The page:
(Super. Ct. No. CM034937)
The opinion of the court was delivered by: Hoch , J.
California Rules of Court, rule 8.1115(a), prohibits courts and parties from citing or relying on opinions not certified for publication or ordered published, except as specified by rule 8.1115(b). This opinion has not been certified for publication or ordered published for purposes of rule 8.1115.
On appeal, defendant contends that (1) the prospective application of the conduct credit provisions of the Criminal Justice Realignment Act of 2011 (Realignment Act) (Stats. 2011, ch. 15, § 482) violates his right to equal protection of the law and (2) the presentence investigation report fee must be stricken because there was insufficient evidence of his ability to pay the fee and the trial court applied the incorrect standard in making that determination. We reject the first contention based on the California Supreme Court's decision in People v. Lara (2012) 54 Cal.4th 896 (Lara). As to the second contention, we conclude the trial court applied the incorrect standard and remand for a new hearing on the fee using the correct standard. We affirm the judgment as modified.
Defendant Jesse Wade Finkenkeller committed his crimes in the instant case on June 18, 2011. Defendant pled guilty to corporal injury to a cohabitant (Pen. Code, § 273.5, subd. (a))*fn2 and criminal threats (§ 422), and admitted a prior prison term enhancement (§ 667.5, subd. (b)). He was sentenced on November 8, 2011. The trial court sentenced defendant to five years and eight months in state prison and awarded 133 days of presentence credit (89 actual and 44 conduct).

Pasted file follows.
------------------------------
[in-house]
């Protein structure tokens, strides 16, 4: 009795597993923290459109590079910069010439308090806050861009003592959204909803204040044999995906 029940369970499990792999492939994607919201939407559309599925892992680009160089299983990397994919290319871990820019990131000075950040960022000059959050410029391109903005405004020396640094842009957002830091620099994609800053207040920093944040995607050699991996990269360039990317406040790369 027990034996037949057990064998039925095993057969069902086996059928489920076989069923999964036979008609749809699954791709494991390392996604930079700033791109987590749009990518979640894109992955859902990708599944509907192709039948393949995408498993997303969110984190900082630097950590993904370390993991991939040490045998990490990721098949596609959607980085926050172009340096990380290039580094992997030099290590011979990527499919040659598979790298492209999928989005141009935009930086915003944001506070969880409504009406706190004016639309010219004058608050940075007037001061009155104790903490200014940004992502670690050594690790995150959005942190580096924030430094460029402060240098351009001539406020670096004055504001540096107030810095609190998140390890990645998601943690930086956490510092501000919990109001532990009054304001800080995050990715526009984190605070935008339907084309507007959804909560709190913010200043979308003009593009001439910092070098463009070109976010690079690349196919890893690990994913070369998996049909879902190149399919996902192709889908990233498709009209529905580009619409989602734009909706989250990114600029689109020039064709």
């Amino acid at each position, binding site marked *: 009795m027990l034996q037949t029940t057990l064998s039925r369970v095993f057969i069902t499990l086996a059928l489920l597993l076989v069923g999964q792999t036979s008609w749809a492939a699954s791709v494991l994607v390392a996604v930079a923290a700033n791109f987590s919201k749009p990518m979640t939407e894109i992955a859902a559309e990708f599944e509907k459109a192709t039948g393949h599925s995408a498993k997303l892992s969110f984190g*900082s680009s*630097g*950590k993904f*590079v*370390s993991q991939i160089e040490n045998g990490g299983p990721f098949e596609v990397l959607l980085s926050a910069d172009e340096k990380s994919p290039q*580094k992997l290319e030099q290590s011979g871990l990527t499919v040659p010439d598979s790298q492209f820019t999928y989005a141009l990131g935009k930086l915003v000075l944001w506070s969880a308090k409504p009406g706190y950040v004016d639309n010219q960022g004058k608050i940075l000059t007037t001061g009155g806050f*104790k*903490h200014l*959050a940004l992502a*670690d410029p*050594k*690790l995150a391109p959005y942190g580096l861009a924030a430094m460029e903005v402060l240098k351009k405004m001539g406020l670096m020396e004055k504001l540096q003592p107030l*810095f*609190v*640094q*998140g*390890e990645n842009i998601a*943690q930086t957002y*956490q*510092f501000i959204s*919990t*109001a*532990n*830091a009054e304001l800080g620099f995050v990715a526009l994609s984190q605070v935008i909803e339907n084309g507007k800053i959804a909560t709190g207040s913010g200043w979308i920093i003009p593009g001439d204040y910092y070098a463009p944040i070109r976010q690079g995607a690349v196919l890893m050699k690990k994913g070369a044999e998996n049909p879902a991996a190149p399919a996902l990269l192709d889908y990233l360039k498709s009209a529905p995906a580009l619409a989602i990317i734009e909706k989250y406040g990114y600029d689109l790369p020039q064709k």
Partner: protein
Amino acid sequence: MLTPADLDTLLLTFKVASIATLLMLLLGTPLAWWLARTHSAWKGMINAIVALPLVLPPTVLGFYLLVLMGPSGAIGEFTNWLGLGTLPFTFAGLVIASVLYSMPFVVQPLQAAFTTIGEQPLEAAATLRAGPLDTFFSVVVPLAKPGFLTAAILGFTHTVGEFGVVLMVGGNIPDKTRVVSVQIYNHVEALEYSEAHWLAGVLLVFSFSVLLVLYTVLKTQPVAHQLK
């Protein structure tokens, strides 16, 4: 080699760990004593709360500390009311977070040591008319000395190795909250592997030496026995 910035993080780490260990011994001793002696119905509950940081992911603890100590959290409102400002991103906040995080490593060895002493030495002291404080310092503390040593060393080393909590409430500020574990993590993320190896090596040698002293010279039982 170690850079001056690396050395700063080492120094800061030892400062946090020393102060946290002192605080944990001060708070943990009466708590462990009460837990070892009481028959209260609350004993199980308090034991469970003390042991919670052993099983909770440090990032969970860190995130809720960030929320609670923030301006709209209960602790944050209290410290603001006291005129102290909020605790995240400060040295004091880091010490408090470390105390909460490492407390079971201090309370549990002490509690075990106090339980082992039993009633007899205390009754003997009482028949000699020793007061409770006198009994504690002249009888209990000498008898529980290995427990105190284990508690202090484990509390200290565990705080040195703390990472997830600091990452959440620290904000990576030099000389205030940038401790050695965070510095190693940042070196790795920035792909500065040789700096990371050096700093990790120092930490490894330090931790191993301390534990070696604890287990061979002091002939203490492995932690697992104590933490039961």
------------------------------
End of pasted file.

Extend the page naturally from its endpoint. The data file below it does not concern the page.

Under the law in effect at the time of sentencing, a defendant with a current or prior serious or violent felony conviction was entitled to two days of conduct credit for every four days of presentence custody. (Former § 4019.) Defendant's conviction for criminal threats is a serious felony. (§ 1192.7, subd. (c)(38).)
I Prospective Application of Section 4019
The Realignment Act amended section 4019, entitling defendants to two days of conduct credit for every two days of presentence custody. (§ 4019, subds. (b), (c), (f).) The award of credits is not reduced by a defendant's prior conviction for a serious or violent felony. This provision applies prospectively to defendants serving presentence incarceration for crimes committed on or after October 1, 2011. (§ 4019, subd. (h).)
Defendant argues that the prospective application of section 4019 violates equal protection principles. This argument was rejected by the California Supreme Court in Lara. (Lara, supra, 54 Cal.4th at p. 906, fn. 9.)
In Lara, the Supreme Court explained its rejection of defendant's equal protection argument as follows: "As we there [People v. Brown (2012) 54 Cal.4th 314, 328-330] explained, '"[t]he obvious purpose"' of a law increasing conduct credits '"is to affect the behavior of inmates by providing them with incentives to engage in productive work and maintain good conduct while they are in prison." [Citation.] "[T]his incentive purpose has no meaning if an inmate is unaware of it. The very concept demands prospective application."' (Brown, at p. 329, quoting In re Strick (1983) 148 Cal.App.3d 906, 913.) Accordingly, prisoners who serve their pretrial detention before such a law's effective date, and ...